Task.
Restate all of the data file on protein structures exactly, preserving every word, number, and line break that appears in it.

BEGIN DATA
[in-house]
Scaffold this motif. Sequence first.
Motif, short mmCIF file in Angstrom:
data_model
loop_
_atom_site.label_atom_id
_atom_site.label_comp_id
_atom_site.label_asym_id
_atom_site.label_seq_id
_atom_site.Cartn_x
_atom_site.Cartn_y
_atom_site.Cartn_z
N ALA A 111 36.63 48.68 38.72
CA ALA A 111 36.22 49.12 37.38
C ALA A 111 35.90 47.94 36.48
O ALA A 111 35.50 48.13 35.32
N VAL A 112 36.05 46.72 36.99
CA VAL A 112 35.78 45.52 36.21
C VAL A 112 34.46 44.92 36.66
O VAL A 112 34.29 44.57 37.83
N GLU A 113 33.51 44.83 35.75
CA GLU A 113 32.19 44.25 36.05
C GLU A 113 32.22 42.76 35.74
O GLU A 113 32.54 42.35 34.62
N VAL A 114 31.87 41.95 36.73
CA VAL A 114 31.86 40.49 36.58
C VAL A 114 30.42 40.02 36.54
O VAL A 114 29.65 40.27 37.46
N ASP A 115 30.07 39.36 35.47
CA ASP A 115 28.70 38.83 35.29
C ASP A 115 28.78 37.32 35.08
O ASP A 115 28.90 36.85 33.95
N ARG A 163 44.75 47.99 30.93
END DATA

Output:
[in-house]
Scaffold this motif. Sequence first.
Motif, short mmCIF file in Angstrom:
data_model
loop_
_atom_site.label_atom_id
_atom_site.label_comp_id
_atom_site.label_asym_id
_atom_site.label_seq_id
_atom_site.Cartn_x
_atom_site.Cartn_y
_atom_site.Cartn_z
N ALA A 111 36.63 48.68 38.72
CA ALA A 111 36.22 49.12 37.38
C ALA A 111 35.90 47.94 36.48
O ALA A 111 35.50 48.13 35.32
N VAL A 112 36.05 46.72 36.99
CA VAL A 112 35.78 45.52 36.21
C VAL A 112 34.46 44.92 36.66
O VAL A 112 34.29 44.57 37.83
N GLU A 113 33.51 44.83 35.75
CA GLU A 113 32.19 44.25 36.05
C GLU A 113 32.22 42.76 35.74
O GLU A 113 32.54 42.35 34.62
N VAL A 114 31.87 41.95 36.73
CA VAL A 114 31.86 40.49 36.58
C VAL A 114 30.42 40.02 36.54
O VAL A 114 29.65 40.27 37.46
N ASP A 115 30.07 39.36 35.47
CA ASP A 115 28.70 38.83 35.29
C ASP A 115 28.78 37.32 35.08
O ASP A 115 28.90 36.85 33.95
N ARG A 163 44.75 47.99 30.93